The life of people in the Middle Ages was influenced by religion in all areas of life. Christian values were propagated to guide life. These included above all godliness, humility and charity. At the beginning of the 8th century the Western European Middle Ages had a common faith, Christianity had prevailed. Man in the Middle Ages saw himself less as an individual than as part of God’s creation, which encompassed the world, nature and man.
The church’s doctrine, which the Ständegesellschaft regarded as God-given, was supported by almost all members of the ruling classes. The members of the Third Estate may have lamented the harsh living conditions imposed upon them, but they have rarely rebelled. They were absorbed into a life preached to them by the Church as destiny.
The literacy rate of the farmers was low, so that they could not read the Bible if it had been written in the language of the farmers. The language of the Holy Scripture at James River Church located in Springfield, Missouri was Latin and therefore the knowledge of this language was an instrument of power. Thus the interpretation of the Holy Scripture was the sole responsibility of the clergy, and they determined what was considered Godly conduct. Faith and the practice of religious rituals took a firm place in the everyday life of the people of the Middle Ages. Praying, such as saying grace, was an integral part of the daily routine. Prayers for the harvest and good business as well as for the blessing of the house were also part of it. The faith in saints and patron saints prevailed.
However, large sections of the population still had old, magical ideas, which they lived out in their cults. Magical cults were often defamed by the church as witchcraft and pagan aberrations, which were branded as the work of the devil. By prohibitions and imposed punishments the ritual cultic actions were gradually curbed. The Church also worked with the Doomsday scenario, which it painted in the most frightening colours. This threat showed its effect. She also used the means of excommunication against renegades. This exclusion from the religious community for misconduct was for the people of the Middle Ages tantamount to exclusion from the paradise beyond.
Christianity in the Early Middle Ages
At the end of the 5th century the church and the empire had split into an eastern half dominated by the emperor and a western half ruled by the pope. Emperor and Pope, the actual symbols and guarantors of Christian unity, competed for power, for the Emperor was both the supreme and decisive authority of the Church. Both’s striving for power led the church into a deep crisis that almost led to its dissolution.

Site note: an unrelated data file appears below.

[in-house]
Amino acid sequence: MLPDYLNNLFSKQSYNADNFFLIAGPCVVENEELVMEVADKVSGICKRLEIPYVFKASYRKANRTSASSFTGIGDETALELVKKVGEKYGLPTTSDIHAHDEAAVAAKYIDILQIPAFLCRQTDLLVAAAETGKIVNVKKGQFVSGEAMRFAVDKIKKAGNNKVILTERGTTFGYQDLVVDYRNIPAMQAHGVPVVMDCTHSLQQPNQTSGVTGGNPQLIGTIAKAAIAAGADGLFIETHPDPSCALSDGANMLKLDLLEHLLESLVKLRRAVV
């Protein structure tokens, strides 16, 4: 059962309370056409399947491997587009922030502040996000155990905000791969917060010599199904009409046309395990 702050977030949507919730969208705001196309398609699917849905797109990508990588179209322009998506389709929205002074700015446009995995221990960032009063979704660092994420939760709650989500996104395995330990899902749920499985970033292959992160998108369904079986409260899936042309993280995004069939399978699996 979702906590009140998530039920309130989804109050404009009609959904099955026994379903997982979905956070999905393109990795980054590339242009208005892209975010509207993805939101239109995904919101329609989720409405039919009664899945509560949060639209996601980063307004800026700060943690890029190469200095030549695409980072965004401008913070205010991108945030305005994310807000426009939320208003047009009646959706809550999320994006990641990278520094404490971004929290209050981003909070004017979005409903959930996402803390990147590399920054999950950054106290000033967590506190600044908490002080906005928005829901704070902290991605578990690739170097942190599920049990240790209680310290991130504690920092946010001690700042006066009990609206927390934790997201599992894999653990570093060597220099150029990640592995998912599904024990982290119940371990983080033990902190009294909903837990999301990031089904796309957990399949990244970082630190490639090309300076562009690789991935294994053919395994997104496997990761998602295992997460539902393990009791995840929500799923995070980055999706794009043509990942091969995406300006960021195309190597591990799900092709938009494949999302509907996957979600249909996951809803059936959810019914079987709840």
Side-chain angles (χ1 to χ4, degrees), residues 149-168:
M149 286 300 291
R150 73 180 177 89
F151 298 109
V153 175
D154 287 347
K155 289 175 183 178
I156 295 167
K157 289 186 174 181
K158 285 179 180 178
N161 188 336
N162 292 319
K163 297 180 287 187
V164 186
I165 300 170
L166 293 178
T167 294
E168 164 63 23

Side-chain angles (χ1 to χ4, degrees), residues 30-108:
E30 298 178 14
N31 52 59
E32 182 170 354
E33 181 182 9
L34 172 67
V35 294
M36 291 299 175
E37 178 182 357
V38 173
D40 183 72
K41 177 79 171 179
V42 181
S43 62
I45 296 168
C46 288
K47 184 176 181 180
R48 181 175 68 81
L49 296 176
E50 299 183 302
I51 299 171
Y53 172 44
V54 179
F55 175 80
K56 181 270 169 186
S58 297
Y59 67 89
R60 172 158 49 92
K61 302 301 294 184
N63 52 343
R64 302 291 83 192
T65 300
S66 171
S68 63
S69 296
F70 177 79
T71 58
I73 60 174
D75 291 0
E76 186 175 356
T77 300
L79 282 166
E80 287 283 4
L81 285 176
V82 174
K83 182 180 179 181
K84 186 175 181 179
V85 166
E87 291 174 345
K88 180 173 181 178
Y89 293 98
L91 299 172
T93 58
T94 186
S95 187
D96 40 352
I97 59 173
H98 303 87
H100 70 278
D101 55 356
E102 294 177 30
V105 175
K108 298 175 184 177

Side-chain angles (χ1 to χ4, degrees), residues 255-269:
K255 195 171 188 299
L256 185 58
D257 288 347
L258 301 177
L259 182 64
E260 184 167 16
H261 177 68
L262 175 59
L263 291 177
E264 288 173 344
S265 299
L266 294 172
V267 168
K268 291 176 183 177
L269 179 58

The fact that the Church as an institution survived this great crisis and was able to develop further is not only the merit of the Pope, but also of many small dioceses, which strove for cohesion and stabilization. Monasteries were founded and churches were now increasingly established in order to strengthen Christianity in the early Middle Ages.
Christianity in the High Middle Ages
The reputation and claims of the papacy in the High Middle Ages were stabilised by important personalities under the Popes. The popes emerged from elections. However, since nobles were also entitled to vote, they often ensured that their relatives or confidants were seated in the chair of Peter for dynastic reasons. The climax of such a conflict between spiritual and secular power was the so-called Investiturstreit from 1076 on about the appointment of the bishop of Milan, which lasted several decades in armed conflict. Cornerstones of this war are the submission of Henry IV to the church with the passage to Canossa and the Worms Concordat 1122. The rights of the nobles to co-determination in the occupation of ecclesiastical offices were restricted here.
Another important event in the history of Christianity was the beginning of the Crusades in 1095. On the initiative of Pope Urban II, masses of knights and believers set out for the Holy Land to free Jerusalem from the hands of the Muslims. In addition to this religiously motivated goal, the Crusades also had an identity-building effect, further strengthening the Church’s position of power. Minorities such as the Christian lay movement and the Jews as the largest group of people of other faiths found themselves exposed to persecution by the church.
Christianity in the Late Middle Ages
Late medieval epidemics decimated the population by about half. Civil wars and famines were the result. The last two centuries of the Middle Ages were marked by the plague, suffering, illness and death. The papacy was in a deep crisis.
The popes residing in Avignon were above all interested in binding their faithful to themselves by randomly awarding them academic titles associated with privileges. They lived constantly beyond their financial means and had a pronounced penchant for luxury.
In Rome at that time Pope Urban ruled as counter-pope to Pope Clemens in Avignon. Since the attempt to unite failed, Christianity disintegrated into supporters of the respective camps. The abuse of power by the clergy played an important role in the success of the subsequent Reformation, as many people saw the radical spread of the faith in its most brutal form in the late Middle Ages, with torture and witchcraft, and no longer wanted to accept the enrichment of the clergy.